The Day I Discovered Colleyville

Credit - from Google
Credit - from Google

I was busy kvelling on Facebook about my son, Amit’s wheelchair basketball team’s win in Hannover, Germany when the N12 news flash came in, “An armed person is holding hostages in a synagogue in Texas”.

I immediately switched from the Hannover United Instagram page to CNN.

Nothing yet. Back to the Israeli channels.

Colleyville, Texas. I never heard of this town of 20,000  but I knew that in the Land of Jewish Geography, Colleyville was closer than further. There are no six degrees of separation.

My heart skipped a beat.  As a natural networker, a true lover of people, fascinated by diversity and culture, with friends from far and wide, I felt connected.

Amit spent a little over a year at the University of Texas at Arlington and I had grown a slew of online and offline friendships with Jews and non-Jews, Israelis and Americans. Nonetheless, I told myself that Texas is a big place… and where the heck is Colleyville anyways?

Within 7 seconds, Google showed me that Colleyville is 10 miles from Arlington and a further 7 seconds revealed that I share a number of Facebook friends with the rabbi. Growing up in the Reform movement with a father who is a Reform rabbi, I wasn’t surprised.

By this time, my Facebook feed was bursting with Colleyville news updates from a couple of local Dallas/Fort Worth groups of Israelis and Jews as well as the horrific live feed from the synagogue.

Within 20 minutes, CNN caught up and the horror was making its way through the mainstream US media. It was nearing midnight in Israel but I couldn’t stop scrolling. I spent the next few hours going back and forth between the Israeli and US media outlets and my Facebook feed.

Many of my Jewish American and Jewish Israeli friends expressed distraught and prayed for the safety of the hostages who were clearly targeted for the “sin” of being Jews.

The silence on the part of most (if not all) of my non-Jewish friends both in Israel and oversees was deafening. Moreover, I was disgusted by the abundant comments by my fellow Jews in the Israeli press about how “Reform Jews” weren’t really Jews and how the synagogue wasn’t really a synagogue and the rabbi wasn’t really a rabbi. I reminded myself “don’t read the comments” but nonetheless, I did.

As I drifted off to sleep, I prayed that the hostages will be released without physical harm.

At 6 a.m., Israel-time, the news was good. The hostages were released unharmed (physically at least) and the terrorist was dead.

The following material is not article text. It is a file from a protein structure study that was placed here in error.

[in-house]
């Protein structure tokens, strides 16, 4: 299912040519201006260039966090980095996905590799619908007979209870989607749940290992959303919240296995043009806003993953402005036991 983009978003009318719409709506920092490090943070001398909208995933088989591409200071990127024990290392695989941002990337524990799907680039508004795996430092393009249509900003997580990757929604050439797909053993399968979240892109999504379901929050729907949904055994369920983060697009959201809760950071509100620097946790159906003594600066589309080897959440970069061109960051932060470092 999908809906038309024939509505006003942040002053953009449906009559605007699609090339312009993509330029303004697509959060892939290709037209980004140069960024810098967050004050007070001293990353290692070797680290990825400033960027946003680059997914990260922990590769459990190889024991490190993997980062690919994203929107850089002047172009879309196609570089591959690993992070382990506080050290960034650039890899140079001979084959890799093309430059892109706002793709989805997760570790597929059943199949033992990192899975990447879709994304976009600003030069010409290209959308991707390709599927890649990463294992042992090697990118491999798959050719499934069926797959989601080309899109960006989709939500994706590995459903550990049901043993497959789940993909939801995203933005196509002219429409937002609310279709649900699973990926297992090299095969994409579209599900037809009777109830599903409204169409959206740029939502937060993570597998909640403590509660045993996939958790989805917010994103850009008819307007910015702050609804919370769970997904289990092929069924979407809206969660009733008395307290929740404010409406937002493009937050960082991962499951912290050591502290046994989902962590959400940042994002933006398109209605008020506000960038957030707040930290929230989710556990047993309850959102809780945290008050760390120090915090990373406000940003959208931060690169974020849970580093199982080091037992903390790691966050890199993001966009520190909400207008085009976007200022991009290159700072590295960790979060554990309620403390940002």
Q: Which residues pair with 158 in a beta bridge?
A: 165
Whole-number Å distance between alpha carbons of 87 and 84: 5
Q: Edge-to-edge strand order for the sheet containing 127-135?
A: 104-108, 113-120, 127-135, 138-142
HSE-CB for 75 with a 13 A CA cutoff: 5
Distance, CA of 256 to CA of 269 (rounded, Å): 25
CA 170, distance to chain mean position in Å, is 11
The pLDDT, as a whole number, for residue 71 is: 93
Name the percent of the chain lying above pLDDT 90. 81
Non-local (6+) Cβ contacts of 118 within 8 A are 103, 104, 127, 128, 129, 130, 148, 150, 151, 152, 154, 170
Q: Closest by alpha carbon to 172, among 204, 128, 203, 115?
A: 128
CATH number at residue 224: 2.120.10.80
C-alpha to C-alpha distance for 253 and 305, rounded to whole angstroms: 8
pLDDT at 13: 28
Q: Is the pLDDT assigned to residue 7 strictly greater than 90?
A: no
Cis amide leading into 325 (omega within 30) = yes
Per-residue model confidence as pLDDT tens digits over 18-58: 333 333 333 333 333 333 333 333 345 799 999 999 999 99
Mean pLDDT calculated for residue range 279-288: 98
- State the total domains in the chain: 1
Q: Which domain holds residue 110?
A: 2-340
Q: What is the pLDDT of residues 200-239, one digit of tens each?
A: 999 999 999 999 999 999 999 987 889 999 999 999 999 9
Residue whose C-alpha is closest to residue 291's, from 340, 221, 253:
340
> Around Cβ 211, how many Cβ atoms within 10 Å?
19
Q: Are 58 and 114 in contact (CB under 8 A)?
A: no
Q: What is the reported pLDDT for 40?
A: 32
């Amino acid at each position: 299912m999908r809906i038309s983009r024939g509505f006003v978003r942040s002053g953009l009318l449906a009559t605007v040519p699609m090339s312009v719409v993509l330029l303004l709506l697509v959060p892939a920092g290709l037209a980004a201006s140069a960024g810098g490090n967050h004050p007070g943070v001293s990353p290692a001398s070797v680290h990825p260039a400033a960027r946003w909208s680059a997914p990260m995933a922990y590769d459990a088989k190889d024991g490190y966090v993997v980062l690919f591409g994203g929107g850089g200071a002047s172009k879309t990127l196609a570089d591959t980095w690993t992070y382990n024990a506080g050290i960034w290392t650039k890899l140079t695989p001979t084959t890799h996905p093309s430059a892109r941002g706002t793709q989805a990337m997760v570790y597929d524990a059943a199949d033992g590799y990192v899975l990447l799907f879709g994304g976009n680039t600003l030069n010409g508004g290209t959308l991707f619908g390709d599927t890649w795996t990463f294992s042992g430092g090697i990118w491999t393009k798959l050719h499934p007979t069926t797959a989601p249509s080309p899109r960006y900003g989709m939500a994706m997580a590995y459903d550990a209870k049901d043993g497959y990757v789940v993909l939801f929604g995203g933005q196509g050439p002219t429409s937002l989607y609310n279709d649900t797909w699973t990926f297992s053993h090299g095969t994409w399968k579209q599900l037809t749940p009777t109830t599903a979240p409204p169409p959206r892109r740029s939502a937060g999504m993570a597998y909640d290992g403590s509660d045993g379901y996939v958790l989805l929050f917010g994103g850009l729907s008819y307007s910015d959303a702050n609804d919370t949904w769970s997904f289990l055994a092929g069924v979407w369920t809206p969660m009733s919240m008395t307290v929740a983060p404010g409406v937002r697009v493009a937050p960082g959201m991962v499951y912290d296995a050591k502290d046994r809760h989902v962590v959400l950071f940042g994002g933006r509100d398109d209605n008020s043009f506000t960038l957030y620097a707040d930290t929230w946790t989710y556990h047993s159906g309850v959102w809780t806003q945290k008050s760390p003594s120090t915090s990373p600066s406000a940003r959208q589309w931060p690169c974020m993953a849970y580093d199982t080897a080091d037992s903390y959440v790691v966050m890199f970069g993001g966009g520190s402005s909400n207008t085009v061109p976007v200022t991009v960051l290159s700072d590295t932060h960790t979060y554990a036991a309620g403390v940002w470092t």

This specific 12-hour incident was over but for the hostages, coping with the trauma is just beginning as are the discussions in the global Jewish community.

Jew hatred is an ancient past time and did not begin with the 2014 Gaza Operation, the 1967 Six Day War, the Holocaust, the establishment of the State of Israel in 1948, or the Balfour Declaration in 1917. The pogroms of Europe, the Inquisition and a never-ending quest to convert us Jews are just a hint of how ingrained antisemitism or my preferred term, Jew-hatred, is in the hearts of many.

Some of my Israeli friends have taken this tragic opportunity to support their belief system that all Jews should live in Israel. I strongly disagree. I love the Diaspora and the many Jewish Diaspora community traditions – ancient and modern – throughout the world. I also staunchly believe that Jews, similarly to people of other faiths, have every right to live in whichever country they feel comfortable.

Antisemitism in America and elsewhere was, is and unfortunately, will remain a challenge. However, jumping ship is not necessarily the solution. For those who would like to live in Israel – “Welcome” but living in this magical land has its own unique issues and risks. For those who are comfortable and happy in the many diverse Diaspora communities throughout the world, I support you and am honored to be a part of such a vibrant, colorful cultural mosaic.

For my non-Jewish friends and allies, I ask for and expect your support – in words, “likes,” posts, and deeds.

May we all feel safe in our synagogues, churches and mosques in Israel, America and throughout the world.

About the Author
Zimra was born in Budapest and grew up in New York City. She immigrated to Israel in 1994 and for the past two decades has worked with diverse for-profit and nonprofit organizations. Currently, she serves as a resource development expert on the Civics and Shared Education team at the Center for Educational Technology (CET) in Tel Aviv. Zimra is mother to 4 children, ages 12 to 21. Inspired by her 16-year old son Amit, a lower limb amputee, she is passionate about competitive wheelchair basketball and spends much of her free time rooting for her favorite teams. Today, she and her family are living in the Negev.
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